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Reuben Saltzman

This year, I’m thankful for closed-cell foam insulation. Yeah, that’s right.

Yes, you read that right.  I’m thankful for closed cell foam insulation.  Of course, I’m thankful for my family, health, and all that other jazz, but this is a blog about home inspections and home related topics, so I’m going to stay focused on that.  To fully explain why I’m so thankful for closed cell foam insulation, I first need to complain about my house a little bit.

My thirteen-year-old Maple Grove house has an unfinished basement with a walkout; this means about half of the basement walls have a poured concrete foundation, and the other half, the part that’s above grade, has conventional 2×6 wood framing.  The foundation walls are insulated at the exterior with rigid foam; this is a great way to insulate a foundation, because it means that the concrete walls will be relatively warm, and the potential for condensation problems will be minimized.  If you want to read more about foundation insulation methods, click this link – foundation insulation.

Fiberglass insulationThe stud walls, on the other hand, were insulated the same way as 99.9% of the houses in Minnesota – with fiberglass batts.  Yuck.  While this is the standard way to insulate a wall, it’s also probably the worst acceptable way to insulate a wall.  The photo at right gives a great example of how fiberglass batts are installed incorrectly all the time; just look at those gaps around the junction box.  I’ve already dedicated a blog to complaining about fiberglass batts, so enough on that topic.

In addition to having fiberglass batts for insulation, the vapor barrier in my basement was basically useless.  Here’s how a vapor barrier is supposed to work: to prevent air from passing through the fiberglass insulation and creating moisture problems in the wall, a vapor barrier gets installed.  This consists of 6 mil polyethylene sheeting (aka ‘poly’, aka ‘Visqueen’) that has been made airtight; that means caulked, overlapped, sealed, taped, etc.  On a home built today, this will be done quite well.  On a house that’s thirteen years old… no way.  The vapor barrier will probably be just about useless.

Unsealed vapor barriers create heat loss.  Just thirteen years ago, vapor barrier were never sealed. It was standard practice to just use a stapler to throw the poly on the walls and leave everything completely unsealed.  This practice allows for air to constantly circulate within the fiberglass insulation, creating a convective loop, which means a lot of heat gets lost through the walls.

I have my ‘office’ set up in my unfinished basement, so I spend a lot of time in the basement.  During the winter it gets very cold in my basement, despite the fact that I have 2×6 walls filled with fiberglass insulation.  Last winter I kept an electric space heater under my desk to keep my toes from turning in to icicles.

rim joist insulationFiberglass should never be used at rim spaces.  The rim space is the area between the floors of a house; this is an area where it’s nearly impossible to install a proper vapor barrier.  Without a vapor barrier, condensation can occur at the rim space, creating mold growth or eventually rotting out the rim space.  This is why fiberglass insulation should never be used here.  On new homes, it never is.  The only type of insulation that gets used on new construction homes in Minnesota is closed cell spray foam insulation; we’ll come back to that in a minute.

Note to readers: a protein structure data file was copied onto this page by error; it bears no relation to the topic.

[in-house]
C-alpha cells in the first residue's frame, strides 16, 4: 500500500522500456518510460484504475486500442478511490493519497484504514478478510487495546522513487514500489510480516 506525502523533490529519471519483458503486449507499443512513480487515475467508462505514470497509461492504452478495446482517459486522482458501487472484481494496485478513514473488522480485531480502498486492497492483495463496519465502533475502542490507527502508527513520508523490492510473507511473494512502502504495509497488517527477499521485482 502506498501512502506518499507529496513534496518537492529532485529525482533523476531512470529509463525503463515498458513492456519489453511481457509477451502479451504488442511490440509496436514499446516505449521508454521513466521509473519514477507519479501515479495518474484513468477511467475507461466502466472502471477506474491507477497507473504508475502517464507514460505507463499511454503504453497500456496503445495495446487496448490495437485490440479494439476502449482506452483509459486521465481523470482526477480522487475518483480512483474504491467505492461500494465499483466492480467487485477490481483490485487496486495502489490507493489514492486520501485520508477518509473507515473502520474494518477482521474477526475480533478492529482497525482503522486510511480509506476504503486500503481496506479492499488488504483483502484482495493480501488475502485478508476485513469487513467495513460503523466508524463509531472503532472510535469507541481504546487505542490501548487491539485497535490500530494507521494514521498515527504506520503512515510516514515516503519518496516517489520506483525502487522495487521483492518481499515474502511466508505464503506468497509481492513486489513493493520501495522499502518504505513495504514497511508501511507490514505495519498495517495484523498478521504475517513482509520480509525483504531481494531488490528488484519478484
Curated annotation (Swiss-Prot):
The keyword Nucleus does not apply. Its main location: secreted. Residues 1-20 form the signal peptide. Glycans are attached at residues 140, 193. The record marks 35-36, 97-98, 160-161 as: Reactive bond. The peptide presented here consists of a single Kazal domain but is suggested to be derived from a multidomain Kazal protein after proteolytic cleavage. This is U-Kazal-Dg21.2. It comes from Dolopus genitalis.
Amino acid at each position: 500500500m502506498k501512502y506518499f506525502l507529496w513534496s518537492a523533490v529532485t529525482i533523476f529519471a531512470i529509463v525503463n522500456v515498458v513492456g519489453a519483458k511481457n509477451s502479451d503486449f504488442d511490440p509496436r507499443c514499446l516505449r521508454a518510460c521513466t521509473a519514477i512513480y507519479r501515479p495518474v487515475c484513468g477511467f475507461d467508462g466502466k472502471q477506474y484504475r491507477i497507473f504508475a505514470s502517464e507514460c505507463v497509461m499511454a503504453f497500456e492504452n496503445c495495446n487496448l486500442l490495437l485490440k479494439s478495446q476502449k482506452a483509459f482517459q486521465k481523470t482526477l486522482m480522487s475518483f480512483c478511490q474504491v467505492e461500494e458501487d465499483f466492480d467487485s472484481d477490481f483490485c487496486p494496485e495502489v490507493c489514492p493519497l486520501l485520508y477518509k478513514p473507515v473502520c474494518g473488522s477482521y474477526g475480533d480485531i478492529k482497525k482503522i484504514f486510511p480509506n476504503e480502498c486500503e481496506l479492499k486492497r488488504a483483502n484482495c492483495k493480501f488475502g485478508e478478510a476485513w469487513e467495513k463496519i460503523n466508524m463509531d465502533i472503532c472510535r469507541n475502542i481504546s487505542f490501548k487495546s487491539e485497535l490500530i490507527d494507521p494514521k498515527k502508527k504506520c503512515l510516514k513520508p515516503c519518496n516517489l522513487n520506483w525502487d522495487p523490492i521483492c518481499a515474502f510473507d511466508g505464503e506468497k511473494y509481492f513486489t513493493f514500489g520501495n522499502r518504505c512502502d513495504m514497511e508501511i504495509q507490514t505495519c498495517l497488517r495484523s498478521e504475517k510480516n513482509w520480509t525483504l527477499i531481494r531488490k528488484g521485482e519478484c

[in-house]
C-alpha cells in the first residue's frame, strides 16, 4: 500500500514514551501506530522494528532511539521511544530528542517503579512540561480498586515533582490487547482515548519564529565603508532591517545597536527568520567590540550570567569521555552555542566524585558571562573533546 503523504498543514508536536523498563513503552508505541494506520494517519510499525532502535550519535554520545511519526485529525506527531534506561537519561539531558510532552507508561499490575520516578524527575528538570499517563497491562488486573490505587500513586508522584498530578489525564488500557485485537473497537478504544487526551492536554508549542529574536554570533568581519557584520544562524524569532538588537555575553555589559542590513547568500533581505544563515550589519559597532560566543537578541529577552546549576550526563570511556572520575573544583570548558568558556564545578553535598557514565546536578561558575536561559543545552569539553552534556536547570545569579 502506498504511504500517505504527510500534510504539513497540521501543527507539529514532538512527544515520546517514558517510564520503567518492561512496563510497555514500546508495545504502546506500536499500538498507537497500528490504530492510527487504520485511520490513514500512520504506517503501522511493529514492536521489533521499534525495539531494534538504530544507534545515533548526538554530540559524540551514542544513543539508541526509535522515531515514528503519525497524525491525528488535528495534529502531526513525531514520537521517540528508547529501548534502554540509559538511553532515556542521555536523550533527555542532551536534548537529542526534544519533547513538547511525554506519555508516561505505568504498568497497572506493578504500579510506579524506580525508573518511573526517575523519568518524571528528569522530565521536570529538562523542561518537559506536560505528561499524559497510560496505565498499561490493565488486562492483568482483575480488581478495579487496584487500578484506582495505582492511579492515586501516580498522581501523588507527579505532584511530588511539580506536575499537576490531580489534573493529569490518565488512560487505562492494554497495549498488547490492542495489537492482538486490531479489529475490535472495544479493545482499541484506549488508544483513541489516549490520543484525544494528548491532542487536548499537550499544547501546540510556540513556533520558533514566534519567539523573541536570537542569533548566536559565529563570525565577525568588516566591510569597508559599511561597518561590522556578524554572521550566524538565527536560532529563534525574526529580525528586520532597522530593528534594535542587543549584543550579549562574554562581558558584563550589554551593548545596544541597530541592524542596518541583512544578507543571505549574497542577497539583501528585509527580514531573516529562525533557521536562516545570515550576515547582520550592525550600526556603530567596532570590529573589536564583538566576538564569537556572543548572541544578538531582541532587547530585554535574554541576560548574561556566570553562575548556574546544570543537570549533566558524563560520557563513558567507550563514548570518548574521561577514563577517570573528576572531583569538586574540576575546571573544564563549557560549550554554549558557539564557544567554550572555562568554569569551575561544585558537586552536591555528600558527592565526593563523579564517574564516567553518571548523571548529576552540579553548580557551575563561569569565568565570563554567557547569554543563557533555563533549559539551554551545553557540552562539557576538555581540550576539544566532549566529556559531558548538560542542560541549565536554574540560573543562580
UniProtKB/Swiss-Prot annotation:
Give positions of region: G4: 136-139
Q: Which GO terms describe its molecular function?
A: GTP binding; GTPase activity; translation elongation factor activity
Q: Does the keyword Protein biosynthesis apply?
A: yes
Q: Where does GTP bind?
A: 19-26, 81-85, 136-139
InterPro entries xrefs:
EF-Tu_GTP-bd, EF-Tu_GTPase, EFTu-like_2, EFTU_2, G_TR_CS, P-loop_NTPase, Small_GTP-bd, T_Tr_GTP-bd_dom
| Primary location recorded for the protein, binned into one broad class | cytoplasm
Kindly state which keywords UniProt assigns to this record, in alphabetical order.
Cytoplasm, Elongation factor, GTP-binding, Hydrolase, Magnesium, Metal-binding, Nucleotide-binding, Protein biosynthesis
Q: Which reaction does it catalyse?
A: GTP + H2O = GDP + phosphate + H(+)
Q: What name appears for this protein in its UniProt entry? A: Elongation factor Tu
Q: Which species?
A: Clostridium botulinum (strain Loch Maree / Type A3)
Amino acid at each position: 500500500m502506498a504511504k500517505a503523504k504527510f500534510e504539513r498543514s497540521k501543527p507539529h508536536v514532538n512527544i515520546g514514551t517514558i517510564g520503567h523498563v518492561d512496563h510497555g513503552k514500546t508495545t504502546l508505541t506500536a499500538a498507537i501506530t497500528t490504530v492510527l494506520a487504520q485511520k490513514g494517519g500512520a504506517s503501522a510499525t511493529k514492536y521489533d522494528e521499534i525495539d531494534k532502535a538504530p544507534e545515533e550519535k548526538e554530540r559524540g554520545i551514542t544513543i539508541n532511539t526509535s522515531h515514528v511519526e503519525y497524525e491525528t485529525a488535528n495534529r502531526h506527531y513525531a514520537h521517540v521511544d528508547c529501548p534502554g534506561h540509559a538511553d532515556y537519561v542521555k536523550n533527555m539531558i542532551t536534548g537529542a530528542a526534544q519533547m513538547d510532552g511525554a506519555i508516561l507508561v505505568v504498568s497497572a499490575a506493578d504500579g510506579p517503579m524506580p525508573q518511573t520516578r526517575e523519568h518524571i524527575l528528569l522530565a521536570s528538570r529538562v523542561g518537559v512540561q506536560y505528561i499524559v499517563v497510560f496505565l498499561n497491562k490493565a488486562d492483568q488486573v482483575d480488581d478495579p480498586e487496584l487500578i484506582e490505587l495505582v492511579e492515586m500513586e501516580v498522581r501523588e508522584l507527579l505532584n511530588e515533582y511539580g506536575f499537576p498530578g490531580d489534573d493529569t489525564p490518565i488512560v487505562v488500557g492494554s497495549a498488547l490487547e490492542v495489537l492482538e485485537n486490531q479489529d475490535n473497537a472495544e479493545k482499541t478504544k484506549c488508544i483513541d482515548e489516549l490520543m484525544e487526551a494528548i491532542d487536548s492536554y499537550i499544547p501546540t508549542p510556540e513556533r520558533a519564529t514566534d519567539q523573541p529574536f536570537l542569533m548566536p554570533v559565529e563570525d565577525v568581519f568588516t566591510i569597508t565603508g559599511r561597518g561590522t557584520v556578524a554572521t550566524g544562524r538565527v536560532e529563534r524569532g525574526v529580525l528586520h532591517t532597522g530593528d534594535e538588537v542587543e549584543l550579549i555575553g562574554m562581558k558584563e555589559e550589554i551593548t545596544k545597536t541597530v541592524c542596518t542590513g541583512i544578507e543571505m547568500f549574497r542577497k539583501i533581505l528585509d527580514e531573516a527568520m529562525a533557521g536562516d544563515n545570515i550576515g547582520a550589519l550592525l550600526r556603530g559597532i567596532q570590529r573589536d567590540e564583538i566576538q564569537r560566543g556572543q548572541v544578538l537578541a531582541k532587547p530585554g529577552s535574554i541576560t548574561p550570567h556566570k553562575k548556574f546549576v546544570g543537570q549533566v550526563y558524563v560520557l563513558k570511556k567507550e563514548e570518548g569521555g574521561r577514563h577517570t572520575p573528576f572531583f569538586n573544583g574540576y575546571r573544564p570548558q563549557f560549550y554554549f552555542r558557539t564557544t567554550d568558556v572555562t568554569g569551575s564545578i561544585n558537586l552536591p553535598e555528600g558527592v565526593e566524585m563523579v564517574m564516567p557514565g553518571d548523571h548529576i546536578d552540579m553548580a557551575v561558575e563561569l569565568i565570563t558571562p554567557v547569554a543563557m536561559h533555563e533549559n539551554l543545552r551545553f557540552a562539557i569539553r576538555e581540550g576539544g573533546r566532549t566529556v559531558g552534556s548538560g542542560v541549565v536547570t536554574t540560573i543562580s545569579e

Unsealed vapor barriers can lead to mold growth.  When a vapor barrier isn’t sealed and air is allowed to freely pass through the wall, what happens when warm, moist air hits a cold surface?  It condenses.  My basement stays relatively cool and dry throughout the year, so the vapor drive is really happening from the exterior during the summer.  The walkout part of my basement faces south, so this part of the house is where I have the greatest temperature differential between the exterior and interior of the walls.

During the summer, as humid outdoor air passes through my walls and hits the relatively cool vapor barrier, the moisture condenses.  This summer there was never enough moisture to actually drip down to the floor, but it was enough to leave drip marks in the insulation and allow mold to start growing between the insulation and the vapor barrier.  This wasn’t major and I don’t have mold allergies, so I wasn’t too whipped up about this… but I couldn’t allow this to continue.

Mold in fiberglass batts Mold in fiberglass batts 2

Enter closed-cell spray foam insulation.  To address all of the insulation, mold, and vapor barrier issues at the same time, I had the wood framed walls in my basement completely re-insulated about three weeks ago.  I had the vapor barriers removed, all of the fiberglass insulation removed, and closed cell foam sprayed in to the walls and rim spaces.

Foamed walls

I love it.  Closed cell foam acts as a perfect vapor barrier after 2″, it doesn’t allow for convection, and it has a much higher insulating value than fiberglass.  Now when I walk down to my basement, I don’t feel a drastic change in temperature; my basement is only about two degrees cooler than the rest of my house.  I can sit here at the computer without a space heater, and I no longer freeze my toes off.  Life is good.